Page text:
* In a letter in "The Times” of June 9th, Mr. John Coleman states that “it is generally understood that there is no living descendant of our great poet's family; but that George Shakspere, of Henley in Arden, is one.' This is an erroneous impression. There are several descendants of Joan, the sister of the poet, who married William Hart, Mrs. Fletcher, who exhibited Shakspere's delf mythologically ornamented “Drinking Cup," at the Tercentenary Portrait Gallery, is a descendant of the poet's sister, and the mother of several children still living at Gloucester. The pedigree of George Shakspere represents him as a descendant of Humphrey Shakspere. The latter is said to be the son of John Shakspere, the father of the poet. Here lies the main link to establish the descent. I agree with Mr. Halliwell (in his letter to "The Times” June 13th) as to the difficulty which surrounds the question; for I have seen genealogical trees propagated and reared to apparent vitality and fruitfulness, while the roots remained unsound, and which proved, at the first touch, to be rotten and useless. It is a singular fact, that while Shakspere left legacies to the family of his sister, Joan Hart, he does not mention in his Will the children of Humphrey Shakspere. Mr. Coleman tells us he “needed no other testimony than that his face afforded. Heaven had written his pedigree in the plainest characters upon his brow; he was the living image of our poet.” This similarity between the face of George Shakspere and that of the bust, is a striking confirmation of what has been recorded about the Warwickshire type and physiognomy. I had observed in other branches, descendants of the Harts, a similar facial contour to that of the bust. But when it is said that the forehead of the bust is that of Shakspere, a difficulty arises. Besides, the profile, which I have given as an illustration of the Warwickshire type, as well as of one of the Shakspere physiognomies, is that of George Shakspere, the subject of discussion in *The Timus;" and it shows that his brow differs very materially from that of the bust given on the first page. These perplexing contradictions have. probably arisen from the circumstance that the tombe-maker was perhaps compelled--as a few years had elapsed between the death of the poet, and his execution of the monument-to take a cast from a living Shakspere, to enable him to make the effigy. He took an impression of a living face, and, like artists of greater genius and skill, built up the form of the head to suit his fancy. Hence we have portraits of the bard with a head shaped like a sugar
From evidence obtained since the first part of this work was issued, and which is fully stated in a paper read at the Archæological Institute of Great Britain and Ireland,* I have shown that Jansen resided and painted portraits in England at an earlier date than is generally supposed. Many writers have been led to believe that the artist could not be in England at the time of Shakspere. This impression has arisen from the assertion of Steevens, founded on the authority of Walpole, who was himself in doubt; for he says the artist began to put his name to his pictures in England“ about 1618." Whereas, Malone had a portrait in his possession with the name of Jansen on it, painted five years before the death of the poet. In 1618 the artist was employed by the father of John Milton to paint a likeness of his son, then ten years of age. Jansen must therefore have become celebrated as a portrait painter ;-an achievement not to be attained in a few months. Jansen was also employed by the Earl of Southampton, the friend and patron of the poet, to paint portraits of the Countess of Southampton, and also of his eldest daughter Elizabeth Wriothesley, and the wife of Earl Spenser. It is reasonable therefore to suppose that Southampton would request--nay urge-his favourite artist to take portraits of his friend, associate, and esteemed poet, to ornament the walls of one or both his residences at Tichfield and Beaulieu, as evidence of his taste, liberality, and appreciation of his friend, the greatest genius of the age. The knowledge that a good likeness existed might be the reason that the cast taken after death was not preserved by the family; and as Shakspere had become popular several years before his death, his portraits would be multiplied, and hence the various duplicates by Jansen.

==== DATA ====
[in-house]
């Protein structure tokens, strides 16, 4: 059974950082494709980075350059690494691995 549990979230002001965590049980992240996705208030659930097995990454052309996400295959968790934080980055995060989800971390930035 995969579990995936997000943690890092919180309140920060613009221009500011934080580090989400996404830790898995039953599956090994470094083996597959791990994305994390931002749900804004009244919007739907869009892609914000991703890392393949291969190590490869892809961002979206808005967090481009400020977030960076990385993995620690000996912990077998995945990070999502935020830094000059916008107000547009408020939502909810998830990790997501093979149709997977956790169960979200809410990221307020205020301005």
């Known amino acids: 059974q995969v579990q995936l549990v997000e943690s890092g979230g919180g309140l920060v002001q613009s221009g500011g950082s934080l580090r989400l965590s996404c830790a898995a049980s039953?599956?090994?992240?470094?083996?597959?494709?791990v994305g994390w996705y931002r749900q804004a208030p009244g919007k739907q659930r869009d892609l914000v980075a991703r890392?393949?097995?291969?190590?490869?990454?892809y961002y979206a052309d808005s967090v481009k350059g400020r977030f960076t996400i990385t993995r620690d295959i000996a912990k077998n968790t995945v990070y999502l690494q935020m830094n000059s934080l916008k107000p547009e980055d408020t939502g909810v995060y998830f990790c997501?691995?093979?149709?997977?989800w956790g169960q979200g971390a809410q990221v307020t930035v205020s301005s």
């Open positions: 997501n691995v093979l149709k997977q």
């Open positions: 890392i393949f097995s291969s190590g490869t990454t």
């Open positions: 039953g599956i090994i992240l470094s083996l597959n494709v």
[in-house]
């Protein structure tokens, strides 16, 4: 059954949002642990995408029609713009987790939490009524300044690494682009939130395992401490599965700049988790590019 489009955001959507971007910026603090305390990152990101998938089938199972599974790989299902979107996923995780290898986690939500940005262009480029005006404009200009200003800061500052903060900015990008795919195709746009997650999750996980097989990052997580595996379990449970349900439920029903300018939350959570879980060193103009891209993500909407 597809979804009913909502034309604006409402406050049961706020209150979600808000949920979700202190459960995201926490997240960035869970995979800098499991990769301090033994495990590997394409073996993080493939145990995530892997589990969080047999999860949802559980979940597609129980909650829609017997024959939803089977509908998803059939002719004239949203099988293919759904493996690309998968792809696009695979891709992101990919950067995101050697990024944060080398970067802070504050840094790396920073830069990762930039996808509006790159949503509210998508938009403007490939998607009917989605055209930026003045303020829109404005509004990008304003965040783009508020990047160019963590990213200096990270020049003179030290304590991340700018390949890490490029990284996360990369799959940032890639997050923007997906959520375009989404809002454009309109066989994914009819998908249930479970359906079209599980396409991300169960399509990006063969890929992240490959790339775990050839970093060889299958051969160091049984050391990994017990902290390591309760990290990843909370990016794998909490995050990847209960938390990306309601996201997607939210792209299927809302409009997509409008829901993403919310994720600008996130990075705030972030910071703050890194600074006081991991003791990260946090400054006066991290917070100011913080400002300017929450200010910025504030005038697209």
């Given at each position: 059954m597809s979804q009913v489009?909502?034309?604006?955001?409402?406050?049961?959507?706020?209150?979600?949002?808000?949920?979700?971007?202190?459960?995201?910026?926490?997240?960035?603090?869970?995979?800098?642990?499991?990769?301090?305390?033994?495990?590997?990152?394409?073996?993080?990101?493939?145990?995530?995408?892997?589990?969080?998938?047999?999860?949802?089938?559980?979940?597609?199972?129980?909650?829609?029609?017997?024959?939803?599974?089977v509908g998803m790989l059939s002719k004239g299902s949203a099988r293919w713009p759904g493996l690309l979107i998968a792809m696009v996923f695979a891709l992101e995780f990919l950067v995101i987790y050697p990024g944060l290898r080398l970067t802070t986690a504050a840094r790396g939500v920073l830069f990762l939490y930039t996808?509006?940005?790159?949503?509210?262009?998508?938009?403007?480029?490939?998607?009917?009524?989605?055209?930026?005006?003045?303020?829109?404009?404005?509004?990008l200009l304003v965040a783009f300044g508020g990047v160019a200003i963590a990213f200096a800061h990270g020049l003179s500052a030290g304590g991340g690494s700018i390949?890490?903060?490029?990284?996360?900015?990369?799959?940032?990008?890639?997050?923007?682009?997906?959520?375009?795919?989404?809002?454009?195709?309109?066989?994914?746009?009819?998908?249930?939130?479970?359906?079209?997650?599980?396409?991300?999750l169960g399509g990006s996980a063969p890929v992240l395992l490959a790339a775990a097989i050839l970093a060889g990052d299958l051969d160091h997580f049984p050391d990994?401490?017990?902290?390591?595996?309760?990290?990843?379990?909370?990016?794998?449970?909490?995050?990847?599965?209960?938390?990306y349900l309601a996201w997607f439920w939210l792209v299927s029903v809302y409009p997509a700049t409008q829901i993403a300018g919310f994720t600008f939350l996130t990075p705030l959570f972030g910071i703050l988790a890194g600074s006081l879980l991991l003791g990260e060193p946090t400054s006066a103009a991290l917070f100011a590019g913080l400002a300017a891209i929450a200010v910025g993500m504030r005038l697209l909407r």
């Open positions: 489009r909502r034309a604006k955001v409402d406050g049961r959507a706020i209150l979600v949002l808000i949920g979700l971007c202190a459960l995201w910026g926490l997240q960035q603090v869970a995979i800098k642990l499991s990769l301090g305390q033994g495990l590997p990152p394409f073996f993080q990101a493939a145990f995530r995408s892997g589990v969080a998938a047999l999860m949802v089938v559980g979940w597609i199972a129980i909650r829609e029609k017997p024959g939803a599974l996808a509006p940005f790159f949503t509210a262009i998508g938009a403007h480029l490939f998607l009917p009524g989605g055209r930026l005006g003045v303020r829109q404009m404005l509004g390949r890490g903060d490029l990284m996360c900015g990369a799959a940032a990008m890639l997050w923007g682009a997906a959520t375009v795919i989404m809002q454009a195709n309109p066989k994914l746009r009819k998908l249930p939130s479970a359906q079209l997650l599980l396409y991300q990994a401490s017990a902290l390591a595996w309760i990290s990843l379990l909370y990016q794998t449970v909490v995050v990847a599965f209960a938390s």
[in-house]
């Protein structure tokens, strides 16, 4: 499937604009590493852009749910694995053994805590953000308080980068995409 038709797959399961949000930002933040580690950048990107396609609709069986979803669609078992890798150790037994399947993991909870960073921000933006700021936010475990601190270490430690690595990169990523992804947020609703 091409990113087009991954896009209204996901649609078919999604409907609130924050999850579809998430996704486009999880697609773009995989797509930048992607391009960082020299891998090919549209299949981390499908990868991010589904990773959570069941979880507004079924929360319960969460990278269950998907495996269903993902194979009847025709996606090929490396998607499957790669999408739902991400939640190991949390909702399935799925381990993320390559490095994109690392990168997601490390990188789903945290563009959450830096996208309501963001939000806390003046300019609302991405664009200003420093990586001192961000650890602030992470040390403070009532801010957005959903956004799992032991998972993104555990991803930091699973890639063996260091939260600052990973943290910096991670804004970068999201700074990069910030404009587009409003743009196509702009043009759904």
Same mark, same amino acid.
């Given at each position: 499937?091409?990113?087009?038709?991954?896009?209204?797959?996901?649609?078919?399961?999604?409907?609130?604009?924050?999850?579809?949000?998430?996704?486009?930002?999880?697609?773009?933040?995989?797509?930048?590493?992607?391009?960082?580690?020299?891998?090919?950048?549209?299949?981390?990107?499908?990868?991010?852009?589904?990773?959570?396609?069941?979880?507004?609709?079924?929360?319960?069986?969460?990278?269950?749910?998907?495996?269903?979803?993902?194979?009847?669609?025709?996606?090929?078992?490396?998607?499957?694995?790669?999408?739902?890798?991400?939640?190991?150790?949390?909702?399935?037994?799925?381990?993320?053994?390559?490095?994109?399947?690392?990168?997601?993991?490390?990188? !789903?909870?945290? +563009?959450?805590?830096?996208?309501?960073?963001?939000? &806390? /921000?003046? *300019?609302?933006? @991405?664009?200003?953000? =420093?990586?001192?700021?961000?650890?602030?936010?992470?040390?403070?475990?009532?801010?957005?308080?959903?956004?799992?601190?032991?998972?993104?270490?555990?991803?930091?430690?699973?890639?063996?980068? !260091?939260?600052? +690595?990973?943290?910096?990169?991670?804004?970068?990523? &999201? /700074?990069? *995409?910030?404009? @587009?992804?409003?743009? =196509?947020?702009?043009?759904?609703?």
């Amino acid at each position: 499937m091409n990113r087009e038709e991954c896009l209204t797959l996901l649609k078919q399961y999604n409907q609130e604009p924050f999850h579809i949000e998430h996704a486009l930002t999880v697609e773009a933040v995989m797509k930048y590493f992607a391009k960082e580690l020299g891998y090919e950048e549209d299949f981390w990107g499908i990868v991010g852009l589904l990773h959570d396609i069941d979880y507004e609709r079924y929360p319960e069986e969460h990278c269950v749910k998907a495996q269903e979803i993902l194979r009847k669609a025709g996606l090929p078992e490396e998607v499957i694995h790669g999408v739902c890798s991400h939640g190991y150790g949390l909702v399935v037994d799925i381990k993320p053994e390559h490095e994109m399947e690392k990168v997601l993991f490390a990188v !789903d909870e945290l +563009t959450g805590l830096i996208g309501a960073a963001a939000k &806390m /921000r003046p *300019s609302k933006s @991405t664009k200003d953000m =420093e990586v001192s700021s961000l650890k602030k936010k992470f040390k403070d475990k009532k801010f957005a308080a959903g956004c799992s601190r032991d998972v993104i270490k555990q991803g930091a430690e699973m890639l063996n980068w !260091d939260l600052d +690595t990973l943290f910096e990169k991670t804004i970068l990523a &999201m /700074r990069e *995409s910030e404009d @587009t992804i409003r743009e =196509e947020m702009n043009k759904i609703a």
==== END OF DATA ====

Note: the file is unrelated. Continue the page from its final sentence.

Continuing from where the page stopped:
As nature is consistent, and never arrives at her results but by the most simple, direct, and uniform means--so similar physical forms of the head, brain, and bust will be alike expressive of similar conditions and capabilities. If
loaf, and others as round as a turnip; while the two that are the most natural are the most true, and withal the most beautiful. A cast from a Plaster mould which I took a short time ago from the face of George Shakspere, has some slight resemblance to the lower part of the features, but none to the forehead, of the bust of Shakspere at Stratford.
* At the annual meeting held at Warwick, in July, 1864, under the presidency of the Rt. Hon. Lord Leigh ; Lord Neaves in the chair.